The law allows the organisation of contests for the direct occupation of the vacant court clerk offices, contests organised by courts of appeal or the prosecutor’s offices under the courts of appeal, or by the High Court of Cassation and Justice, by its prosecutor’s office or by the National Anticorruption Directorate, but only if the carrying out of the activity is seriously affected by the large number of vacant offices.
The archivist court clerks and the record keeping court clerks that promote such contests will perform an internship with a duration of two months training organized by the NSC.
A person who fulfils the following requirements can be appointed as a court clerk:
– is a Romanian citizen, has the domicile in Romania and full exercise capacity;
– does not have a criminal record, no tax record and a good reputation;
– speaks Romanian;
– is medically able to hold the office;
– has higher legal education or high-school education, PC or typing skills;
– graduated National School of Clerks.
Prior to starting exercising their function, the specialised auxiliary personnel take an oath before the head of the law court or the prosecutor’s office where they are appointed.
The specialised auxiliary personnel of the law courts and prosecutor’s offices hired for the first time after graduating their studies, except for the graduates who obtained at the final examinations an average grade of at least 7, are considered beginners for a period of 6 months, being permanently appointed as holder of the office based on an examination. The failure to pass the examination entails the dismissal of the candidate as being professionally non-qualified.
The promotion of court clerks to executive offices
The promotion of court clerks to executive offices is made by contest or examination, to the immediately superior position.
The promotion to management positions – first court clerk, court clerk in chief, court clerk department head or chief computer specialist competition is performed through professional training and managerial skills verification contest. The contest is organized by the courts of appeal, the prosecutor’s offices under the courts of appeal, or by the High Court of Cassation and Justice or its prosecutor’s office or by National Anticorruption Direction, according to the regulation approved by Superior Council of Magistracy, taking into account the following criteria:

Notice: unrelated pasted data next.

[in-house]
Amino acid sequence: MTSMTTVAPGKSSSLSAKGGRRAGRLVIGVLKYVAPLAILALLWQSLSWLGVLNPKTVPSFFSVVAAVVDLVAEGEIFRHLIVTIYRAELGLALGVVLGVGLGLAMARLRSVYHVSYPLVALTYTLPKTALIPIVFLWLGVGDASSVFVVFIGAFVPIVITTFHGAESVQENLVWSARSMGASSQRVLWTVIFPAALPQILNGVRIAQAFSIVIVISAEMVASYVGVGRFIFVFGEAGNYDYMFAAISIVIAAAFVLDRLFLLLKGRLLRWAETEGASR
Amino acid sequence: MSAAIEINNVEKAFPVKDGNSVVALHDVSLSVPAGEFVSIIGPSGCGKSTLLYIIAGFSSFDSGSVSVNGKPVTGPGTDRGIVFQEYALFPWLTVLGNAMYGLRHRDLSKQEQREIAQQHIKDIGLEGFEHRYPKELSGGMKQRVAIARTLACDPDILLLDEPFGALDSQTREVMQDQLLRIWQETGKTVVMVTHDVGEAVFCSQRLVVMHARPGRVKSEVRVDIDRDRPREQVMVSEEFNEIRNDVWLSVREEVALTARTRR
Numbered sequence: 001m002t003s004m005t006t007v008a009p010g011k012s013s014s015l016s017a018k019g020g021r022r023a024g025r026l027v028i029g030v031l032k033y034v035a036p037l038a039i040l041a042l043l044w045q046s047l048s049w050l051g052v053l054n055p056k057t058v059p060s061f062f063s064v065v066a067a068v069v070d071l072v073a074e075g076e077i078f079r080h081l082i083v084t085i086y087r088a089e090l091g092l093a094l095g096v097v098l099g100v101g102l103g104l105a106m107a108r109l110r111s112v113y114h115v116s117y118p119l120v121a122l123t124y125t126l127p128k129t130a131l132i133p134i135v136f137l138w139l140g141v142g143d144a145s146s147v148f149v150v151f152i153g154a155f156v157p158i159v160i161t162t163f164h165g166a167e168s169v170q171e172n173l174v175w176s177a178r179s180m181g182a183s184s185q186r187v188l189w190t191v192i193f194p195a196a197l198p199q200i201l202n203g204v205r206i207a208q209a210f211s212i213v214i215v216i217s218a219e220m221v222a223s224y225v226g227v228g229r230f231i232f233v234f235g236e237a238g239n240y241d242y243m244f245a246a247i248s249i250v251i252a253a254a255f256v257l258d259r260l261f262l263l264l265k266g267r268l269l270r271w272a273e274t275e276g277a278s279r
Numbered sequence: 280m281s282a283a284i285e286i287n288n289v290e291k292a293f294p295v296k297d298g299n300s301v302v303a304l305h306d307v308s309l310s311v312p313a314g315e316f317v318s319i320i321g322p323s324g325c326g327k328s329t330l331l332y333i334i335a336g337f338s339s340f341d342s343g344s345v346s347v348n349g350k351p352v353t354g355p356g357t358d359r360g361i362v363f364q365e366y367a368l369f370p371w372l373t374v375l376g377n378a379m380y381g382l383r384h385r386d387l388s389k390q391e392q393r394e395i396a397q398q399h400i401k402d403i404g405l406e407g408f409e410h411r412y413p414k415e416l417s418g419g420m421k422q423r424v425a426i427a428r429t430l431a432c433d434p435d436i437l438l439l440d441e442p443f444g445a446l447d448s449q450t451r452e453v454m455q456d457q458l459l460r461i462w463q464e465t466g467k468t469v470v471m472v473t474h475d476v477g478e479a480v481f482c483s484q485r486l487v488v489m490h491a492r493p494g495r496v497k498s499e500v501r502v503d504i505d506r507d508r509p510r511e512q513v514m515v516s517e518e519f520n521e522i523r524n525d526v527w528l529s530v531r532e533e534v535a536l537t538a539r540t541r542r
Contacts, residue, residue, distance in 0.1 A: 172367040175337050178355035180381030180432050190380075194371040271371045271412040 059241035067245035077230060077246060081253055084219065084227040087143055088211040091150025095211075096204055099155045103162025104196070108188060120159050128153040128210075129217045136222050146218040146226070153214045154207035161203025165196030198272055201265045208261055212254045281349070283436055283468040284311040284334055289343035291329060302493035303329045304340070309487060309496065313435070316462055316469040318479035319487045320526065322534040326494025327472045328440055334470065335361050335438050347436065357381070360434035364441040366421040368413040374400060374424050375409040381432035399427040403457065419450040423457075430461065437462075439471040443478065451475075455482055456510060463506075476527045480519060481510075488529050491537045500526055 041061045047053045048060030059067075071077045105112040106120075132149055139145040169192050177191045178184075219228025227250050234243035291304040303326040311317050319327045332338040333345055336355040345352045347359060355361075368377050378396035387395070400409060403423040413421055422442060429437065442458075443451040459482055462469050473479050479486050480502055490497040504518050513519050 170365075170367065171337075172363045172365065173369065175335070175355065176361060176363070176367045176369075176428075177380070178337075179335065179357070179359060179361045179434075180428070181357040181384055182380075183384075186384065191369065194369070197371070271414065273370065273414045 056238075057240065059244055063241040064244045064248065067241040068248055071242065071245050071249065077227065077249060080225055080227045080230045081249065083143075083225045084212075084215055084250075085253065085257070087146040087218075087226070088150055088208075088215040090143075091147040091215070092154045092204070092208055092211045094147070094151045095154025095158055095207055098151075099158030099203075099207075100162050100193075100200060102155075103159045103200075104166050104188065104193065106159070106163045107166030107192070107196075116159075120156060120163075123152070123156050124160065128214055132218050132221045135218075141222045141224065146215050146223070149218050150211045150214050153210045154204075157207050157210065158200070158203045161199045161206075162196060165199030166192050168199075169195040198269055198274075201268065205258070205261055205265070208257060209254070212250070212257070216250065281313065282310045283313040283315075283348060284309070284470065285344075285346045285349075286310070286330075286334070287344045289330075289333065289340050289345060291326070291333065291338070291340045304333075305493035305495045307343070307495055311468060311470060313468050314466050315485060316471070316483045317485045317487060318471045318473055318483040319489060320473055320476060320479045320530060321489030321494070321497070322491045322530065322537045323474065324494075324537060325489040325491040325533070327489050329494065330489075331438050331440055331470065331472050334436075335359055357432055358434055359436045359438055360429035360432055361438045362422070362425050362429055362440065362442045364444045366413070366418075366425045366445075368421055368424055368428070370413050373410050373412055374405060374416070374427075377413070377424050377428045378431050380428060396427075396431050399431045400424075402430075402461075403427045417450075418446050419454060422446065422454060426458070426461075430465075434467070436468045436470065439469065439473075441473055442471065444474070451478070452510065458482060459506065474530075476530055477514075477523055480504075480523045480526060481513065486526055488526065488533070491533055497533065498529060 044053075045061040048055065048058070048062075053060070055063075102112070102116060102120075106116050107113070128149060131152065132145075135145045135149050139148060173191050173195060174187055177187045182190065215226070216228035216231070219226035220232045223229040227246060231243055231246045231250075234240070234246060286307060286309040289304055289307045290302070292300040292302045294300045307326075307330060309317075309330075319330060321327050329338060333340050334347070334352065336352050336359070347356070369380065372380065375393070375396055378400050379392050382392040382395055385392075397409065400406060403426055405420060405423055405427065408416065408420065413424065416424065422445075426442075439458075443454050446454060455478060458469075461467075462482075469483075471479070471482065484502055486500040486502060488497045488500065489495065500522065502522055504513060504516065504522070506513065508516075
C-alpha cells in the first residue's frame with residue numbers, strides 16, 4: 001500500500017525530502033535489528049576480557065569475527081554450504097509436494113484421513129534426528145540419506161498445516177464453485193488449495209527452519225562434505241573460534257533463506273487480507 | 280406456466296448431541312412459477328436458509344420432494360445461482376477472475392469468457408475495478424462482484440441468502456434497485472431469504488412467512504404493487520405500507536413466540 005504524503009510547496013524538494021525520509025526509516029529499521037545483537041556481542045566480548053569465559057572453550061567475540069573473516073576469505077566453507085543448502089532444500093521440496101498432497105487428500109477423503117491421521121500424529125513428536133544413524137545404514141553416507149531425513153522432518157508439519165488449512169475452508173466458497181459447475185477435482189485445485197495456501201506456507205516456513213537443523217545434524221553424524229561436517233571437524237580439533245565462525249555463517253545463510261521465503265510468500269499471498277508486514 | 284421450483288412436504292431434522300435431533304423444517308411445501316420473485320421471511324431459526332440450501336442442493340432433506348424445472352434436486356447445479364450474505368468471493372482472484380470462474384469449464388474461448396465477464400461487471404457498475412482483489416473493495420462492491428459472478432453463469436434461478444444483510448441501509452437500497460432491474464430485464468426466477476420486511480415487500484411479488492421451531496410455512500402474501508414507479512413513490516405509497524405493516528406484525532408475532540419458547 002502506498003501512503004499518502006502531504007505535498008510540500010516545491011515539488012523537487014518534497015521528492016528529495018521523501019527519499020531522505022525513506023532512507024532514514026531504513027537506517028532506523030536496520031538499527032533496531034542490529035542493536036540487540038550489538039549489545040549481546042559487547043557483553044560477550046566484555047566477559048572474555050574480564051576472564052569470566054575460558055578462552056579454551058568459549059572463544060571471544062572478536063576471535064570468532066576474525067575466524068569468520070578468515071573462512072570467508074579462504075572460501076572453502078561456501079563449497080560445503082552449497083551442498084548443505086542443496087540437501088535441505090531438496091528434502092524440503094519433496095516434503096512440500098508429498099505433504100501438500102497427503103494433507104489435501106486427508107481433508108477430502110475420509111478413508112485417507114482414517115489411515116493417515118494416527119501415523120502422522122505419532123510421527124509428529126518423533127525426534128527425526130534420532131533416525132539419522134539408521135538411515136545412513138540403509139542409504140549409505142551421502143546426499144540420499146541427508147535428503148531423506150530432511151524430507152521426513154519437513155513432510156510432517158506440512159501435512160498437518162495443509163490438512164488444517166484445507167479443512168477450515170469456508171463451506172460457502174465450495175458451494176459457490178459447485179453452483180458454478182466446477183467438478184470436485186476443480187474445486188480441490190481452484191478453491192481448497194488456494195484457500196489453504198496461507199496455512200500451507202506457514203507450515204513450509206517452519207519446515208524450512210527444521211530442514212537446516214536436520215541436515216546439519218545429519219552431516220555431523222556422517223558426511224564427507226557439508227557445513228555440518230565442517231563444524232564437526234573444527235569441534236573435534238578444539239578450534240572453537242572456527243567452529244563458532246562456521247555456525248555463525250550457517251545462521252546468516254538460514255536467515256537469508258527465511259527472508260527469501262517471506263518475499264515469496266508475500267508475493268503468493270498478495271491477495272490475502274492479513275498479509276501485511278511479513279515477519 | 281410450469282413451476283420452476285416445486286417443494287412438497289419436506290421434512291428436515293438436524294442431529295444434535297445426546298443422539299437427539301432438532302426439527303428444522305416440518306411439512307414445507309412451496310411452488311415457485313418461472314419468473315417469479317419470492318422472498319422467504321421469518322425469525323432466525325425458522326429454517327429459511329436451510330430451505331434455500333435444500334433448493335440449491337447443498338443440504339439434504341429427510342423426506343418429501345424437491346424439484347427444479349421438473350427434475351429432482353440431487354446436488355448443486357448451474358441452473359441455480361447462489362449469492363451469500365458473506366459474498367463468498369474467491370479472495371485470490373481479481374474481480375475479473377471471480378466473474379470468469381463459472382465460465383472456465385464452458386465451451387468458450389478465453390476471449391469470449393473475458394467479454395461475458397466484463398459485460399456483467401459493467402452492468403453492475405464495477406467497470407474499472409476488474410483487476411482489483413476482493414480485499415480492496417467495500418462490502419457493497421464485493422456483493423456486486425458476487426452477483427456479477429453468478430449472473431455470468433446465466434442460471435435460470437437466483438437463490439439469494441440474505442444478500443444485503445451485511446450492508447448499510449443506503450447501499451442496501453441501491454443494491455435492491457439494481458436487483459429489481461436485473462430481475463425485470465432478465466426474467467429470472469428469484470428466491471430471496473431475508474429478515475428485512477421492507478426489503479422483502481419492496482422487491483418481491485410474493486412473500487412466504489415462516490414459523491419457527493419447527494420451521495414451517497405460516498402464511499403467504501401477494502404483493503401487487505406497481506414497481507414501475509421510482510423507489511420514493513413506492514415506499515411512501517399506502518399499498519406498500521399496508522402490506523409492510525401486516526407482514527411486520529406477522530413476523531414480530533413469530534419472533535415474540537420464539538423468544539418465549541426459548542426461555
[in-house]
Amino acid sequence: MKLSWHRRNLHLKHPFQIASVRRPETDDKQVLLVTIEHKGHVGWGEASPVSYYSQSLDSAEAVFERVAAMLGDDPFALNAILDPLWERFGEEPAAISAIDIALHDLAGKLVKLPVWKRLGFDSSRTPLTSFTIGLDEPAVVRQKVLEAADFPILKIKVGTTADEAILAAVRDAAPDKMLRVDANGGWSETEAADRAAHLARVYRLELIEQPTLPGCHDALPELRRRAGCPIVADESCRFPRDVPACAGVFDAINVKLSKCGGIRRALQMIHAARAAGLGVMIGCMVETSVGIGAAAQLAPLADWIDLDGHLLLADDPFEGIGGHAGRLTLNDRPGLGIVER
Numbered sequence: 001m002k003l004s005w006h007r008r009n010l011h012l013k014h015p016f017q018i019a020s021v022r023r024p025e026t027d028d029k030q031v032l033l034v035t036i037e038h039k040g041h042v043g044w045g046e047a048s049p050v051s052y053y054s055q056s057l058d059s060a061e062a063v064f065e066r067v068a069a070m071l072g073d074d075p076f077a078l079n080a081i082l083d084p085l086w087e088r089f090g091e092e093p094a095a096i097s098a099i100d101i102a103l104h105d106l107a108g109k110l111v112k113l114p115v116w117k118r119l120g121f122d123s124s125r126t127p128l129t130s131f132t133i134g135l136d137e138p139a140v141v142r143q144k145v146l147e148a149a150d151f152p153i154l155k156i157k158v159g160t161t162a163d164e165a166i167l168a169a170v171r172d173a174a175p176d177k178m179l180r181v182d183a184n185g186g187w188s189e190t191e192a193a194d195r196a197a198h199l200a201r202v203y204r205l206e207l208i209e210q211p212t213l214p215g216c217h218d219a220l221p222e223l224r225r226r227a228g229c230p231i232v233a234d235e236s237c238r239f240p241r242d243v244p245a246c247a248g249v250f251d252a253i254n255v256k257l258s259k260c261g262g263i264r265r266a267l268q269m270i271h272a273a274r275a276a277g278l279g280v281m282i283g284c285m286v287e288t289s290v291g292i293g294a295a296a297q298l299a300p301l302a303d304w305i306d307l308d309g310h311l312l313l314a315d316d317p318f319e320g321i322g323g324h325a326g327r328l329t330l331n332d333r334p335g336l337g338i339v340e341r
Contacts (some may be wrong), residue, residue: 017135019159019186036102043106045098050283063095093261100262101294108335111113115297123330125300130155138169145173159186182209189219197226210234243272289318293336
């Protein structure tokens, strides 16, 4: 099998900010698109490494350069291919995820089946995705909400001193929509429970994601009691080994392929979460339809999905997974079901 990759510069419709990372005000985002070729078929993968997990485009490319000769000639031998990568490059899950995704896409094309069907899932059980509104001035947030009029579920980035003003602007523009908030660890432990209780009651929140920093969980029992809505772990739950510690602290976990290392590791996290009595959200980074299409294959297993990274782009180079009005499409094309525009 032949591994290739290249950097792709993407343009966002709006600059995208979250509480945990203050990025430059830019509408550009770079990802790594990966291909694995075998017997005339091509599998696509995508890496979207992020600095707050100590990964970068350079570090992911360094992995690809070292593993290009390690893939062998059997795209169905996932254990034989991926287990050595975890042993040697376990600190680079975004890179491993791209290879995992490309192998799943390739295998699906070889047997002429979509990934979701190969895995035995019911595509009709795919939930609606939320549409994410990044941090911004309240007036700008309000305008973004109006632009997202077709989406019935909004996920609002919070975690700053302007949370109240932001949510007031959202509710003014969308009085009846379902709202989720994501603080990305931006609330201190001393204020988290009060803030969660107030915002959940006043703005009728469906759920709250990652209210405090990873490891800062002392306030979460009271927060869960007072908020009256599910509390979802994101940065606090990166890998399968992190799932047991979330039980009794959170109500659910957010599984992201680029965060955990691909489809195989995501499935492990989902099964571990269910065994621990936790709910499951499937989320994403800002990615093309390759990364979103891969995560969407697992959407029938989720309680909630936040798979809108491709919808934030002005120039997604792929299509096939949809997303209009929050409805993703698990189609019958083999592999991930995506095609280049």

– a length of service as court clerk of at least 3 years, respectively IT clerk. A length of service as court clerk of at least 6 months is required for the clerks with higher legal education;
– exceptional professional activity, assessed with “very well” for the last 3 years, respectively for the last 6 months;
The appointment as first court clerk or court clerk in chief is for a period of five years,, with the possibility of reappointment, by decision of the President of the Court of appeal or of the General Prosecutor of the Prosecutor’s Office attached to the Court of appeal.
The suspension of the specialized auxiliary personnel
The suspension of the specialized auxiliary personnel can be ordered in the following circumstances:
– when he/she has a psychical disorder that prevents him/her to exercise her duties properly;
– in case of serious misconduct, for the duration of the preliminary investigations.
The removal of the specialized auxiliary personnel
The removal of the specialized auxiliary personnel can be ordered in the following circumstances:
– retirement, according to the law;
– the acknowledgement of a lack of adequate vocational training or, as the case may be, the improper performance of the duties specific to the management position;
– the failure to fulfil any of the requirements for the appointment;
– as a disciplinary sanction;
– final conviction for committing a criminal offence.
Court clerks can be delegated or seconded under the law.
The specialised auxiliary personnel’ rights
The main rights of the Romanian specialized auxiliary personnel are:
– the right to receive a wage according to their position and the level of the court or prosecutor’s office where they carry out their activity;
– the right of association into trade unions or professional organisations;
– the right to strike, according to the law;
– the right to improve their vocational training on a continuous basis;
– the right to an annual vacation of 30 working days;
– the right to unpaid leaves, for studies or other events, as well as to sick leaves, according to the law;
– free medical care, drugs and prostheses for the clerk and his/her family, with the observance of the legal provisions regarding the payment of the contribution to health insurances;
– the right to an allocation of home service if the clerk, his wife/her husband or the dependent children, don’t benefit from personal property home in the city where he/she is carrying out his/her activities or if a home was not assigned to him/her by local public administration authorities;